April 13, 2024
Recreational Drugs

Chemists Discover New Recreational Drugs in Australia, Potential Health Risks Remain Unknown

Chemists at CanTEST, Australia’s only fixed-site drug checking service located in Canberra, have identified three new recreational drugs that have never been reported in Australia before. The discoveries were made by Professor Malcolm McLeod and a team of chemists from The Australian National University (ANU). These drugs, whose effects are believed to be similar to stimulant-like substances such as MDMA (ecstasy) and ketamine, have raised concerns about the potential health risks to users.

The first substance submitted for testing, believed to be a derivative of Ritalin, was actually identified as a new variant of cathinone or bath salts. Cathinone is a dangerous family of chemicals that have proven to be lethal in some cases. While there are already various cathinone variants circulating in the community, the discovery of a new one raises concerns about its potential effects on individuals and the health consequences it may pose.

The second substance, believed to be a ketamine-like substance, was identified as a new type of benzylpiperazine (BZP) stimulant. BZP is often used as a substitute for MDMA. However, little is known about this specific variant of BZP and its effects.

The third substance, initially believed to be a cathinone drug, was later identified as a new phenethylamine drug called propylphenidine. Phenethylamines include stimulant drugs like amphetamine, methamphetamine, and MDMA. The uncertainty surrounding the substance’s identity prompted its testing to avoid any potential risks or surprises.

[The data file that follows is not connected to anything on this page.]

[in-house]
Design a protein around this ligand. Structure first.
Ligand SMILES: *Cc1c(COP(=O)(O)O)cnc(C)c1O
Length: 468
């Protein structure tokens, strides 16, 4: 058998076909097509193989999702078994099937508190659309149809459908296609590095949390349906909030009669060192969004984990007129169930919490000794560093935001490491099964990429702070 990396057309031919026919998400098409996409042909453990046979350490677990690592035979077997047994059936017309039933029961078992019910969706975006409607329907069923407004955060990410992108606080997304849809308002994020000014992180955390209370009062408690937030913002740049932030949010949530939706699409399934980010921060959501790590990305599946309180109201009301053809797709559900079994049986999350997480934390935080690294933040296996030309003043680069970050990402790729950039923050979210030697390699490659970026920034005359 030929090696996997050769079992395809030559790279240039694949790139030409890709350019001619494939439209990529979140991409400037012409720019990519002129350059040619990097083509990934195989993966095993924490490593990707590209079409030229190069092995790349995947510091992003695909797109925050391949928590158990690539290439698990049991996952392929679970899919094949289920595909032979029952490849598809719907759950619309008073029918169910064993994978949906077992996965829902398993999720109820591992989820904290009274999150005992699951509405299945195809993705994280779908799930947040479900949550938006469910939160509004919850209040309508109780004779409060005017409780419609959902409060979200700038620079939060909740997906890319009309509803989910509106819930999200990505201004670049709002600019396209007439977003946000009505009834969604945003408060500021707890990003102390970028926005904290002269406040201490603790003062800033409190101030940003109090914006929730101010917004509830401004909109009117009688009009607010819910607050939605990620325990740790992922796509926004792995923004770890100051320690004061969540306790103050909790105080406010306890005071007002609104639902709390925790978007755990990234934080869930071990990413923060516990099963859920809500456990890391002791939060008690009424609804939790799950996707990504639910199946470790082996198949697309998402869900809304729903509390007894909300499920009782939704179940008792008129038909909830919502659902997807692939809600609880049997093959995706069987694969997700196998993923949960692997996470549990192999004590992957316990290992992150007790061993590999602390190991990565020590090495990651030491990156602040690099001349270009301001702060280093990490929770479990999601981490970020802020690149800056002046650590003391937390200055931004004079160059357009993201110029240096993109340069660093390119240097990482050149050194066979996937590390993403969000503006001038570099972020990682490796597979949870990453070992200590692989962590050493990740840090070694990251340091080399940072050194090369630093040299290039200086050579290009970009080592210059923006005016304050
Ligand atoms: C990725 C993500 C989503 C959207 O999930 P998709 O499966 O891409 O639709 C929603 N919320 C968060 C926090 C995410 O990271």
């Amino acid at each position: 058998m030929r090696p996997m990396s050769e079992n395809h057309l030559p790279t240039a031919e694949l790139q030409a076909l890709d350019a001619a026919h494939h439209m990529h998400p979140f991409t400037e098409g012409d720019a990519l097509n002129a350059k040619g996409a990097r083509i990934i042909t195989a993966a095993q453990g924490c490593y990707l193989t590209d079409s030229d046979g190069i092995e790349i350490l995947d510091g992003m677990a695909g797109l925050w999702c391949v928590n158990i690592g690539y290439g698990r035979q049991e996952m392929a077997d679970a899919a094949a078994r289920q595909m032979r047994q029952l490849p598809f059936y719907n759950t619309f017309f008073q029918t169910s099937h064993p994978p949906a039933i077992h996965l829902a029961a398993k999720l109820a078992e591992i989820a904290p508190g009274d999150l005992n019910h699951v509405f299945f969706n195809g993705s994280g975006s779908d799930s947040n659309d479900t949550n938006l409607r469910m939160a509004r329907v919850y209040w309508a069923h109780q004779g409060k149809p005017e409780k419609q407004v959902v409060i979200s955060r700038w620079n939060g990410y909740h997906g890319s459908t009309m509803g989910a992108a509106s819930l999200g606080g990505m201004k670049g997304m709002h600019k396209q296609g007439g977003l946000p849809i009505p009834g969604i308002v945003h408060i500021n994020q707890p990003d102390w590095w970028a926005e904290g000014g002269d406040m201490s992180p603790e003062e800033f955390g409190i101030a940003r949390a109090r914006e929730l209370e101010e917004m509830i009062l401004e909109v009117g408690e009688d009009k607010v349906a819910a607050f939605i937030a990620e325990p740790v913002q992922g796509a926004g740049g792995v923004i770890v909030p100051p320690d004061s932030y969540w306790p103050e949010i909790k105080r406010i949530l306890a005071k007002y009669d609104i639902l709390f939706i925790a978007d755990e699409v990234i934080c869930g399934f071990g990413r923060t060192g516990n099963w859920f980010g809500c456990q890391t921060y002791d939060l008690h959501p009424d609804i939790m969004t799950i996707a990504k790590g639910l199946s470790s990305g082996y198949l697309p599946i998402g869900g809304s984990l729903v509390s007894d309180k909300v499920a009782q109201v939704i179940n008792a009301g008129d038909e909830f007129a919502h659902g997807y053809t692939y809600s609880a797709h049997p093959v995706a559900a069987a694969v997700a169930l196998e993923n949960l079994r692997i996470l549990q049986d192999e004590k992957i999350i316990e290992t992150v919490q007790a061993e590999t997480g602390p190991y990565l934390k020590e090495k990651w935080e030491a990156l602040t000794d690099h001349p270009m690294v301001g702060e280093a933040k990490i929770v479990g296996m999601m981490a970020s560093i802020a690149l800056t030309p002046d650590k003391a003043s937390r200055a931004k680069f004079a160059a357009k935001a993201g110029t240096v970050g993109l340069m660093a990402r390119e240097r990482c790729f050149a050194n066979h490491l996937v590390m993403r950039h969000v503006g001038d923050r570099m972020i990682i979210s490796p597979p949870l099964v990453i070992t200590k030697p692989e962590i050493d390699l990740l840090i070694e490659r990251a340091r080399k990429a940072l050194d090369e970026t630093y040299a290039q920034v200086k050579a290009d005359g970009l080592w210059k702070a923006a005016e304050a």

The on-site analysis conducted at CanTEST ruled out the expected substances but proved inconclusive. Further laboratory testing at the ANU Research School of Chemistry helped scientists identify the true nature of the drugs. After making these discoveries, CanTEST workers immediately notified the community, informing them about these new substances and their potential risks.

The ability of drug checking services like CanTEST to identify and advise individuals about novel drugs is crucial in terms of public health. It can not only change consumer behaviors but also potentially detect new drugs as they emerge, even before they gain traction in local markets.

CanTEST has previously detected other new substances in the community. In October 2022, chemists discovered a mysterious drug with qualities similar to ketamine but with a unique chemical composition.

Since its opening in July 2022, CanTEST has analyzed over 1,700 samples. An evaluation of the first six months of CanTEST found that 1 in 10 samples were discarded by clients after learning what was in them. Moreover, more than half of the drugs tested at the clinic were not what users expected.

Dr. David Caldicott, Clinical lead for CanTEST and Pill Testing Australia, emphasized the importance of drug checking services in changing drug behaviors and reducing harm for users. He called for other states and territories in Australia to follow the ACT’s lead and implement similar services nationwide.

While these recent discoveries shed light on the presence of new recreational drugs in Australia, the potential health risks associated with these substances remain unknown. Continued research and monitoring are necessary to understand the short- and long-term impacts on users’ health.

*Note:
1. Source: Coherent Market Insights, Public sources, Desk research
2. We have leveraged AI tools to mine information and compile it